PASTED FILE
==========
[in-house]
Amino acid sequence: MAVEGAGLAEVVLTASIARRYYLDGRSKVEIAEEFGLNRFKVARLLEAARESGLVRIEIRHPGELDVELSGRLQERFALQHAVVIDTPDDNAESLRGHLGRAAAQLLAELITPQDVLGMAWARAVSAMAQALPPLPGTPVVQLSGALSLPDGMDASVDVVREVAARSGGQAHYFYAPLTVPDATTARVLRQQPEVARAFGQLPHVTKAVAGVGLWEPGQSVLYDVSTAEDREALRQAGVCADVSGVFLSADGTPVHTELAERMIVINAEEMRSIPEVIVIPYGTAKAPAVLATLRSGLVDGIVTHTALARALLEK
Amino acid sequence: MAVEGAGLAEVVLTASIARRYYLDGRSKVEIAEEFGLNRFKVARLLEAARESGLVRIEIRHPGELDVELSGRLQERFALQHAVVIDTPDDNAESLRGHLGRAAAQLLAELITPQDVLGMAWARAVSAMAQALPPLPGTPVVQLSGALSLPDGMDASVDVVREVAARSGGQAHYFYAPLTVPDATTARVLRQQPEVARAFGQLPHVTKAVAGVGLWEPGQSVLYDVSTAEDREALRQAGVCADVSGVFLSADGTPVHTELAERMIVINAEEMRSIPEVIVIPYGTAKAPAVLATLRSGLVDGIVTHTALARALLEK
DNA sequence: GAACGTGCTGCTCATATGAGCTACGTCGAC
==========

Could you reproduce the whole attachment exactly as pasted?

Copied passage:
[in-house]
Amino acid sequence: MAVEGAGLAEVVLTASIARRYYLDGRSKVEIAEEFGLNRFKVARLLEAARESGLVRIEIRHPGELDVELSGRLQERFALQHAVVIDTPDDNAESLRGHLGRAAAQLLAELITPQDVLGMAWARAVSAMAQALPPLPGTPVVQLSGALSLPDGMDASVDVVREVAARSGGQAHYFYAPLTVPDATTARVLRQQPEVARAFGQLPHVTKAVAGVGLWEPGQSVLYDVSTAEDREALRQAGVCADVSGVFLSADGTPVHTELAERMIVINAEEMRSIPEVIVIPYGTAKAPAVLATLRSGLVDGIVTHTALARALLEK
Amino acid sequence: MAVEGAGLAEVVLTASIARRYYLDGRSKVEIAEEFGLNRFKVARLLEAARESGLVRIEIRHPGELDVELSGRLQERFALQHAVVIDTPDDNAESLRGHLGRAAAQLLAELITPQDVLGMAWARAVSAMAQALPPLPGTPVVQLSGALSLPDGMDASVDVVREVAARSGGQAHYFYAPLTVPDATTARVLRQQPEVARAFGQLPHVTKAVAGVGLWEPGQSVLYDVSTAEDREALRQAGVCADVSGVFLSADGTPVHTELAERMIVINAEEMRSIPEVIVIPYGTAKAPAVLATLRSGLVDGIVTHTALARALLEK
DNA sequence: GAACGTGCTGCTCATATGAGCTACGTCGAC